An Atlantic article from July 2017 has been widely discussed on Twitter over the past few days. It’s called Power Causes Brain Damage and I remember that it was fairly popular at the time of publication. Its recent revival was prompted I think by Harvey Weinstein’s arrest and more generally the abuses of power revealed by the #MeToo movement. The article itself, of course, dating to the pre-Fall of Weinstein era, isn’t specifically about this.
In my view, while power is certainly all too often abused, this article has very little to tell us about Weinstein, his fellow offenders, or other powerful people.
The piece, by Jerry Useem, centers around research on ‘power priming‘. In power priming experiments, participants (usually students) perform a task which is supposed to create a, perhaps unconscious, ‘feeling of power’. A typical method is to get them to write an essay recounting a past incident in which they held power.
Power-primed people, according to several studies, are prone to antisocial and egocentric behaviour:
Subjects under the influence of power, [researcher Dacher Keltner] found in studies spanning two decades, acted as if they had suffered a traumatic brain injury – becoming more impulsive, less risk-aware, and, crucially, less adept at seeing things from other people’s point of view…
Power priming even ‘anaesthetized’ the subconcious tendency to ‘mirror’ the observed actions of another person:
When we watch someone perform an action, the part of the brain we would use to do that same thing lights up in sympathetic response. It might be best understood as vicarious experience. It’s what [Sukhvinder Obhi] and his team were trying to activate when they had their subjects watch a video of someone’s hand squeezing a rubber ball.
For nonpowerful participants, mirroring worked fine: The neural pathways they would use to squeeze the ball themselves fired strongly. But the powerful group’s? Less so.
The piece concludes with a mention of David Owen’s notion of ‘hubris syndrome’ as proposed in his book In Sickness and in Power, which I reviewed in one of my earliest posts. I said the book “mixes sound history with fluffy speculation seemingly at random.”
So, there’s a few issues here. The low-hanging fruit for a critic of this article is that “Brain Damage” title. It’s a clickbait headline if ever I saw one. Authors don’t always write the headlines, so we shouldn’t blame Useem for this, but the title really is ‘brain-damagingly’ bad.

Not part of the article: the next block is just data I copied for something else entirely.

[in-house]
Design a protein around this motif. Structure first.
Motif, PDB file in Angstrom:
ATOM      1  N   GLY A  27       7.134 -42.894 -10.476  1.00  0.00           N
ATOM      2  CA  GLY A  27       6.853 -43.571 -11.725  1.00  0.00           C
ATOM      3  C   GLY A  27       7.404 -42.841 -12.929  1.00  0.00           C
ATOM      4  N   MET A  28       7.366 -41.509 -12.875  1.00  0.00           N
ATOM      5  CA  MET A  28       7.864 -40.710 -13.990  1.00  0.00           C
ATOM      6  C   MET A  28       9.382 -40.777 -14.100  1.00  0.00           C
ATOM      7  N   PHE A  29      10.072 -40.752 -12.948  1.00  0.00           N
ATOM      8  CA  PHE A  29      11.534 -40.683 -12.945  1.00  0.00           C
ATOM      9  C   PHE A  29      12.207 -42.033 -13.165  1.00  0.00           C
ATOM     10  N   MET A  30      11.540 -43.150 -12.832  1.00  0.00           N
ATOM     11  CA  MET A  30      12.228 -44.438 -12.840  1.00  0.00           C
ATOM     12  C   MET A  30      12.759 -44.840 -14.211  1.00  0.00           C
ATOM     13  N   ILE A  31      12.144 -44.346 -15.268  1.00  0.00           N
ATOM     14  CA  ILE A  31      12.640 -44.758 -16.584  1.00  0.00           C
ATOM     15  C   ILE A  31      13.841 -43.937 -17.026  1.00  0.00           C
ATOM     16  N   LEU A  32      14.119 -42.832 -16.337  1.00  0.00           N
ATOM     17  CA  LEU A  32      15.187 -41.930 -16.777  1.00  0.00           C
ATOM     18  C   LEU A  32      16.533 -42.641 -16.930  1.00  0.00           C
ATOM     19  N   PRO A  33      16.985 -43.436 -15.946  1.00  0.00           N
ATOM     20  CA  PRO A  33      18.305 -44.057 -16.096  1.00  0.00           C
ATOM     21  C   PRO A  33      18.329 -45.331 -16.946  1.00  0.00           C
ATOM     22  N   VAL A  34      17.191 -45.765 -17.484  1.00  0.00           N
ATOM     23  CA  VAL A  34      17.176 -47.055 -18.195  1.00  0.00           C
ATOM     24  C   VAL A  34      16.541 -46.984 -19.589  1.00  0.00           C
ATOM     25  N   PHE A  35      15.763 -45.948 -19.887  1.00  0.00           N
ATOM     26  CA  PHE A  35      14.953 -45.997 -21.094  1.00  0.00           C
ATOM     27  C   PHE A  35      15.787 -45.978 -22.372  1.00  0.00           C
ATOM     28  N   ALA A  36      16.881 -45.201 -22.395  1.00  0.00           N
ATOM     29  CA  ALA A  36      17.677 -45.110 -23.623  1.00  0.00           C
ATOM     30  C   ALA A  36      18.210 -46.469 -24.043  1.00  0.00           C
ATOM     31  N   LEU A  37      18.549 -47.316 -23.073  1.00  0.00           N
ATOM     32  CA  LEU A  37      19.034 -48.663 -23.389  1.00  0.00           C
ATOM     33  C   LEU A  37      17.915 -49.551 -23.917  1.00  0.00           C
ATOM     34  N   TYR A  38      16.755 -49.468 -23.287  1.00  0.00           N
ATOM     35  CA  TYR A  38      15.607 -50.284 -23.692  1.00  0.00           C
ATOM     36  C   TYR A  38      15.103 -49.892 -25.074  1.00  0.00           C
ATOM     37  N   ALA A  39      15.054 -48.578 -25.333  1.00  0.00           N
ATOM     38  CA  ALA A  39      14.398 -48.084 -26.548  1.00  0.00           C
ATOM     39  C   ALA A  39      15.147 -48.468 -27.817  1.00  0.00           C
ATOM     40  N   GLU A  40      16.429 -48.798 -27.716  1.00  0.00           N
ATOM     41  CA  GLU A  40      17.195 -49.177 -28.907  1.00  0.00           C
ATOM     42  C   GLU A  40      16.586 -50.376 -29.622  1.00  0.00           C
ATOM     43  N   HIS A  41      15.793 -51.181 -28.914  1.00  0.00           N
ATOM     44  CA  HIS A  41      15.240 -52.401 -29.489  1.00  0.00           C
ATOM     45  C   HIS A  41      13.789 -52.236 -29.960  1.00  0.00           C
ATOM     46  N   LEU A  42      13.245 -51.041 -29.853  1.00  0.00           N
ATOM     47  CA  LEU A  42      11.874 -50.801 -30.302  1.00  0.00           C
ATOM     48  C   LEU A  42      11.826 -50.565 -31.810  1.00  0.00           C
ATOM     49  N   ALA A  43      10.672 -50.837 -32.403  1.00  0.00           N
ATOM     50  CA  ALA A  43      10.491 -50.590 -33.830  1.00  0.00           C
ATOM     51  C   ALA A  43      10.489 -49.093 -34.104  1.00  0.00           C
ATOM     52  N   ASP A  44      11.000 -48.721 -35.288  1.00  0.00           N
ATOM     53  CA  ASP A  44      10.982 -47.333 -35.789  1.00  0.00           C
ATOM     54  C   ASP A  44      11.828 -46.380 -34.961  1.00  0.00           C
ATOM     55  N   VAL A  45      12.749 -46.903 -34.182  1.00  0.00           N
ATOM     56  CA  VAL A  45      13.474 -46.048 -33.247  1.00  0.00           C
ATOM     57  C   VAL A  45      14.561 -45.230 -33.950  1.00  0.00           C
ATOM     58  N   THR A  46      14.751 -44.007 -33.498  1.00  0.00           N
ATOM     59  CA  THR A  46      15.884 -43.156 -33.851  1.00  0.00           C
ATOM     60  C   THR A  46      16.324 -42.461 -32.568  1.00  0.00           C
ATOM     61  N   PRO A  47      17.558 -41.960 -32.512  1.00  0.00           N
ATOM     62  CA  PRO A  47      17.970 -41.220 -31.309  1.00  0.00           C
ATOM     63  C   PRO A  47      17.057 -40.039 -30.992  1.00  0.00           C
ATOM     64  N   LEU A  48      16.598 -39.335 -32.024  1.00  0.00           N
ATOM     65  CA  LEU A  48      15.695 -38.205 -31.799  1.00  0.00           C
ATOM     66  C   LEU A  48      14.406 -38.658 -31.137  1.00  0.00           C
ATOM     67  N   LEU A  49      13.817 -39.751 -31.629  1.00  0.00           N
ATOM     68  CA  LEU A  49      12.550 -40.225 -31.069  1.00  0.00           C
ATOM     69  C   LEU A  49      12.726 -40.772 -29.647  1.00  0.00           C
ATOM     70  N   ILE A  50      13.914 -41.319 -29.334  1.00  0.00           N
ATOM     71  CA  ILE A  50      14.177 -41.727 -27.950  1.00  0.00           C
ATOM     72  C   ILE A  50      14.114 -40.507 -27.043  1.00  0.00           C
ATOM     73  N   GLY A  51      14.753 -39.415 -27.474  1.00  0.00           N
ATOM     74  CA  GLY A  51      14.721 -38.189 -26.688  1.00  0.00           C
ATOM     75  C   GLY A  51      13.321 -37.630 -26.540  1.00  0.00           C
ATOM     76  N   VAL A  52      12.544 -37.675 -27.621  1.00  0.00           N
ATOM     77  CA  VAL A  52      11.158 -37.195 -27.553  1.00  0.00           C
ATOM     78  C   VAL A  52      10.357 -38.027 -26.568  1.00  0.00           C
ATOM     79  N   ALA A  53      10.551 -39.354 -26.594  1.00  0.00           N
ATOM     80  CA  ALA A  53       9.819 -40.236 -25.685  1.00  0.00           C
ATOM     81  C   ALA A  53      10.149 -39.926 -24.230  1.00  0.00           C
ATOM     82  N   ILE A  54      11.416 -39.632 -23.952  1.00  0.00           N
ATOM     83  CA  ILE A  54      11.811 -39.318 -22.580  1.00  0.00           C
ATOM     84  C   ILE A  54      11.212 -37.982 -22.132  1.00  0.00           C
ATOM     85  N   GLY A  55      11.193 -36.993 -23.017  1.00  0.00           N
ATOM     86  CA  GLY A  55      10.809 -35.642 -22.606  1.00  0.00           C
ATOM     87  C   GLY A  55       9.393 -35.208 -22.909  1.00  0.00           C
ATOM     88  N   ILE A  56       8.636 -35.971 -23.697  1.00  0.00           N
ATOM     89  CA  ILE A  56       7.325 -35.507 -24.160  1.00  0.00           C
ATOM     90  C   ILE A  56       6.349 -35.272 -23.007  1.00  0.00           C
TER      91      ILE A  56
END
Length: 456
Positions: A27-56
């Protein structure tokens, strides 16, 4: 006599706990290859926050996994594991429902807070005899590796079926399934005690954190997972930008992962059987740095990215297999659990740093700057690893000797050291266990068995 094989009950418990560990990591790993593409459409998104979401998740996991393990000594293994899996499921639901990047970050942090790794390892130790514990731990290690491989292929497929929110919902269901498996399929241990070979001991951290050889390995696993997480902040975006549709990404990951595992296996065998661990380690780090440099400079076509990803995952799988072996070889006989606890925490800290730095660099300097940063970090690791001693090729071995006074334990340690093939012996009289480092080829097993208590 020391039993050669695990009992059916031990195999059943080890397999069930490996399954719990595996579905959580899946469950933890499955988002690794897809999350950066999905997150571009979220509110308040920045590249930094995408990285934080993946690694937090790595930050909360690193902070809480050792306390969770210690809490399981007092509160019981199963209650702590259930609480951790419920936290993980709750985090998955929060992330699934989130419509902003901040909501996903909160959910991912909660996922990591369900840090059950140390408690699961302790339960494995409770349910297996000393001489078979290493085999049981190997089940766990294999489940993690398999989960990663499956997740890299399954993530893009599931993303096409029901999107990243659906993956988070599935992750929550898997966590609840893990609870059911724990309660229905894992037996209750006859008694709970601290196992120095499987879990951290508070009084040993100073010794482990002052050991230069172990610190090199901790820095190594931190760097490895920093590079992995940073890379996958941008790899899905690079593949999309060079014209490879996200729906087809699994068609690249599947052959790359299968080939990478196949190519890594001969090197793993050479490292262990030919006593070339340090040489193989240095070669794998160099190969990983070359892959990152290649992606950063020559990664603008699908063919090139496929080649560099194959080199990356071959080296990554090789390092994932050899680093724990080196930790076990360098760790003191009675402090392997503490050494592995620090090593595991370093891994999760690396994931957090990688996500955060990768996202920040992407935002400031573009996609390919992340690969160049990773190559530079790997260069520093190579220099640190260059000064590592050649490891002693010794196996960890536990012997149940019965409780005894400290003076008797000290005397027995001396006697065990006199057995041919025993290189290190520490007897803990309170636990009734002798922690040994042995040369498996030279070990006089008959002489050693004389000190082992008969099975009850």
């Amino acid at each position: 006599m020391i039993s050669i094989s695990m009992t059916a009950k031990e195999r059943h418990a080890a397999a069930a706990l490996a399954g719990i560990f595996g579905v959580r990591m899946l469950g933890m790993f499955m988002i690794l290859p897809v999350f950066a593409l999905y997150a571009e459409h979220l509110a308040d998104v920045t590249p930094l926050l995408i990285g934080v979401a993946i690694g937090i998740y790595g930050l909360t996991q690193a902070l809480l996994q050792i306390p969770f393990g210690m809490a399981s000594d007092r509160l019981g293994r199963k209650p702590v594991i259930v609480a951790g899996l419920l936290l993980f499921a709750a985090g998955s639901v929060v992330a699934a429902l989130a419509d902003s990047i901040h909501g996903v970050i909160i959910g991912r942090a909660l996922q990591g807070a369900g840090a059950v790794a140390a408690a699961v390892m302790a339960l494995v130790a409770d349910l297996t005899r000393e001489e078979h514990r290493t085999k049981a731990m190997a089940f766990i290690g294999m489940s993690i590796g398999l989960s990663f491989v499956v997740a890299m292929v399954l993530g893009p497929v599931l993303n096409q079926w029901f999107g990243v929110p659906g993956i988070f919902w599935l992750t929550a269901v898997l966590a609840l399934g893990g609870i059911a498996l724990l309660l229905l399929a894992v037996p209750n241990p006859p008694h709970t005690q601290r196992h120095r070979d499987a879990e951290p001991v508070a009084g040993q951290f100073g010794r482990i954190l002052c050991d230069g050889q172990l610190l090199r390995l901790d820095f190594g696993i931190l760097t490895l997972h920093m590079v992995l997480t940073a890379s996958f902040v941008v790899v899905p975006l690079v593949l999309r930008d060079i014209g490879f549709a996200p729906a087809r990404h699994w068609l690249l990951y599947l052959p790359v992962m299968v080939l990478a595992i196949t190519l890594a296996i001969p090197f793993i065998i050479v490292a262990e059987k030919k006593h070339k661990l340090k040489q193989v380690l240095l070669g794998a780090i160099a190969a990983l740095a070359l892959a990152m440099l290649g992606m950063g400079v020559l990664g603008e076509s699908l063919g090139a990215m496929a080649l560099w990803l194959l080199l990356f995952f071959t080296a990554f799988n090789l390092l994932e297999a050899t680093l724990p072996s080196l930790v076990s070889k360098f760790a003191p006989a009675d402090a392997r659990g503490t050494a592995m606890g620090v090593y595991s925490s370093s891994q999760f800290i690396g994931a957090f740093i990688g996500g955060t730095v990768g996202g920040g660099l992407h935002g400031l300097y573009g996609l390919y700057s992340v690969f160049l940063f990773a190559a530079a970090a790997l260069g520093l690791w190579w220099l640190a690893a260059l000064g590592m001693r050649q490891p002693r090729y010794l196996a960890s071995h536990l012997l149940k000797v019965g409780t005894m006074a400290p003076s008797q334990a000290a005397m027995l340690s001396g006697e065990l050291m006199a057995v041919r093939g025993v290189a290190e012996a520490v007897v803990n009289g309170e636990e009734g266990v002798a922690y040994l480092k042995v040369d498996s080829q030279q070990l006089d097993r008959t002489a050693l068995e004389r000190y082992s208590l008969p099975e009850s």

There is absolutely no evidence that power causes brain damage – all of the studies discussed in the article are about behavioral changes lasting minutes or an hour or so at most. Sure, we can speculate that these power-priming effects might become chronic in people with long-term power. But we could equally well predict that the effects would vanish once someone gets accustomed to feeling powerful.
Beyond the headline, the meat of Useem’s article is about power priming. Now, this is indeed an interesting and well-cited research literature. However, the article doesn’t mention that there is a major controversy within psychology over the validity of the entire field of priming studies like this, which are often grouped together as ‘social priming’.
Social priming has seen endless failed replications in the past few years, as regular readers will know. In terms of power priming specifically, there was a high-profile failure to replicate a power priming result in early 2017 and another earlier this year.
This aside, I’m not sure these power priming studies tell us much about the real world. Power priming is a psychology lab tool which is all about the feeling of power. In a lab context, that’s fine, but in the real world, the behavior of the powerful is influenced by something much harder to study in the lab: the reality of power.
Consider Harvey Weinstein. He didn’t just have a feeling of power, he actually had enormous power and influence over people’s lives and careers. This reality of power allowed him to do what he (‘allegedly’) did. I suspect that if you gave 100 random men a Weinstein level of power, a high proportion of them would abuse it – not because the sense of power made them less empathetic to their victims, but because the power let them get away with it. I don’t have experiments to prove this, because those experiments would be unethical – although see the Zimbardo study.
Overall, I don’t think power causes brain damage and I don’t think psychology lab experiments tell us much about the abuses of power in the real world (which is not to say they’re not interesting as research tools.)